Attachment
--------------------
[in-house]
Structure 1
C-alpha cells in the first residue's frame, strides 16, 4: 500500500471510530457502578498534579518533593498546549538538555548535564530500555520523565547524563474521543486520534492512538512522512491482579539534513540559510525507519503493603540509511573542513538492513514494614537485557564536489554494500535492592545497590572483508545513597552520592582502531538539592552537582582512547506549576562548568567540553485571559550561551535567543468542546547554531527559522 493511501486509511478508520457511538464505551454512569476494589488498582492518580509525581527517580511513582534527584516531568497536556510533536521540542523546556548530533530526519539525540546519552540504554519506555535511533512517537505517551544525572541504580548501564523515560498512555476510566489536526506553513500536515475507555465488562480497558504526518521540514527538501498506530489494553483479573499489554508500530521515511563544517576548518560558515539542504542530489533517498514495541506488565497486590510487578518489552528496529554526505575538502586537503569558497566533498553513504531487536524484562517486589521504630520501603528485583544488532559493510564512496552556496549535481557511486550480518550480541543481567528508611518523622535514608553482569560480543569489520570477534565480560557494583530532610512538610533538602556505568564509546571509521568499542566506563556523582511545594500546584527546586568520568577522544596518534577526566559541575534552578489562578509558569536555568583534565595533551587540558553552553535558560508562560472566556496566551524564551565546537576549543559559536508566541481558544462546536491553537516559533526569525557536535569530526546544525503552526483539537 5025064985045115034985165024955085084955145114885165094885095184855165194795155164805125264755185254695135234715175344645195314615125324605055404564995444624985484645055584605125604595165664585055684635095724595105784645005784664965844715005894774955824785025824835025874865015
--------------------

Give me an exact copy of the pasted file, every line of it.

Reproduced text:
[in-house]
Structure 1
C-alpha cells in the first residue's frame, strides 16, 4: 500500500471510530457502578498534579518533593498546549538538555548535564530500555520523565547524563474521543486520534492512538512522512491482579539534513540559510525507519503493603540509511573542513538492513514494614537485557564536489554494500535492592545497590572483508545513597552520592582502531538539592552537582582512547506549576562548568567540553485571559550561551535567543468542546547554531527559522 493511501486509511478508520457511538464505551454512569476494589488498582492518580509525581527517580511513582534527584516531568497536556510533536521540542523546556548530533530526519539525540546519552540504554519506555535511533512517537505517551544525572541504580548501564523515560498512555476510566489536526506553513500536515475507555465488562480497558504526518521540514527538501498506530489494553483479573499489554508500530521515511563544517576548518560558515539542504542530489533517498514495541506488565497486590510487578518489552528496529554526505575538502586537503569558497566533498553513504531487536524484562517486589521504630520501603528485583544488532559493510564512496552556496549535481557511486550480518550480541543481567528508611518523622535514608553482569560480543569489520570477534565480560557494583530532610512538610533538602556505568564509546571509521568499542566506563556523582511545594500546584527546586568520568577522544596518534577526566559541575534552578489562578509558569536555568583534565595533551587540558553552553535558560508562560472566556496566551524564551565546537576549543559559536508566541481558544462546536491553537516559533526569525557536535569530526546544525503552526483539537 5025064985045115034985165024955085084955145114885165094885095184855165194795155164805125264755185254695135234715175344645195314615125324605055404564995444624985484645055584605125604595165664585055684635095724595105784645005784664965844715005894774955824785025824835025874865015